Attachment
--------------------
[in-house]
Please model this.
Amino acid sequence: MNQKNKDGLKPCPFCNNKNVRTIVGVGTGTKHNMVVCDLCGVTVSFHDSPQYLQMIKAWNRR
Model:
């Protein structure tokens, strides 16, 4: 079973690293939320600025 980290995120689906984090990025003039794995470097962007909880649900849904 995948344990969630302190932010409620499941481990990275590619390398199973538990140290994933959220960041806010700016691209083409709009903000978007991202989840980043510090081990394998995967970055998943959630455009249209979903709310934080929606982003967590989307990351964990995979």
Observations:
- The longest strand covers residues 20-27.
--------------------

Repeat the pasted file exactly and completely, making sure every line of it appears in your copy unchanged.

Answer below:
[in-house]
Please model this.
Amino acid sequence: MNQKNKDGLKPCPFCNNKNVRTIVGVGTGTKHNMVVCDLCGVTVSFHDSPQYLQMIKAWNRR
Model:
């Protein structure tokens, strides 16, 4: 079973690293939320600025 980290995120689906984090990025003039794995470097962007909880649900849904 995948344990969630302190932010409620499941481990990275590619390398199973538990140290994933959220960041806010700016691209083409709009903000978007991202989840980043510090081990394998995967970055998943959630455009249209979903709310934080929606982003967590989307990351964990995979």
Observations:
- The longest strand covers residues 20-27.